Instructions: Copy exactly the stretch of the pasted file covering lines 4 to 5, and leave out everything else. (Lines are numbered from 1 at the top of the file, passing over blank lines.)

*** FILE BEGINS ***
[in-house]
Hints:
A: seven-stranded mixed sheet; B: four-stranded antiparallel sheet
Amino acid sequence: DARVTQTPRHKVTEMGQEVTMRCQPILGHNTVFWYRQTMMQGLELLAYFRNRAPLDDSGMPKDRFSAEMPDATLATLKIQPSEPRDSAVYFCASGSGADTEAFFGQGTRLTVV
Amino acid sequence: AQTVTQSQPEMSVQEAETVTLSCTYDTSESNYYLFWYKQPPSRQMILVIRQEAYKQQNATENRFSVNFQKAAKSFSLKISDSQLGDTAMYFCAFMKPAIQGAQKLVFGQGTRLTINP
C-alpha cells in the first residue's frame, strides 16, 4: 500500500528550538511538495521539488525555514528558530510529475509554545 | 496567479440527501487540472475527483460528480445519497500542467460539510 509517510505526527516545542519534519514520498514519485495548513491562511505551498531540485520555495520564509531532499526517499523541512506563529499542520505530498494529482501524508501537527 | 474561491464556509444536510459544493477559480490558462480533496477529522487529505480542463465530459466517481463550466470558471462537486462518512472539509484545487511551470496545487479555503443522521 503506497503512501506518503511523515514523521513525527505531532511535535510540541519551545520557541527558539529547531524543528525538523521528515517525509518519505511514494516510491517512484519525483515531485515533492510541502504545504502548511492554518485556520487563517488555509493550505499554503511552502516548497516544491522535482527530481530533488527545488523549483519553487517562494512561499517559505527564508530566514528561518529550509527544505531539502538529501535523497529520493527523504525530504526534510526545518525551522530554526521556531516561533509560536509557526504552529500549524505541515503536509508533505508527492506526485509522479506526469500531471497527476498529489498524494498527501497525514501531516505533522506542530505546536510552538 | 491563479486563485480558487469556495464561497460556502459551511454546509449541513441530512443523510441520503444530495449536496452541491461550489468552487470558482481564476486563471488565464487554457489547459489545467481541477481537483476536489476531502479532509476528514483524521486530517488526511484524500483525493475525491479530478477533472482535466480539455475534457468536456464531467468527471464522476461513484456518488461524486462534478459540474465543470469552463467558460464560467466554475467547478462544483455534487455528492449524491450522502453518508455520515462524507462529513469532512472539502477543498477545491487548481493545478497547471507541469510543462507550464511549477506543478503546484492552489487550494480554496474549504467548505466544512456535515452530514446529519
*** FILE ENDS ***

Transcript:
Amino acid sequence: DARVTQTPRHKVTEMGQEVTMRCQPILGHNTVFWYRQTMMQGLELLAYFRNRAPLDDSGMPKDRFSAEMPDATLATLKIQPSEPRDSAVYFCASGSGADTEAFFGQGTRLTVV
Amino acid sequence: AQTVTQSQPEMSVQEAETVTLSCTYDTSESNYYLFWYKQPPSRQMILVIRQEAYKQQNATENRFSVNFQKAAKSFSLKISDSQLGDTAMYFCAFMKPAIQGAQKLVFGQGTRLTINP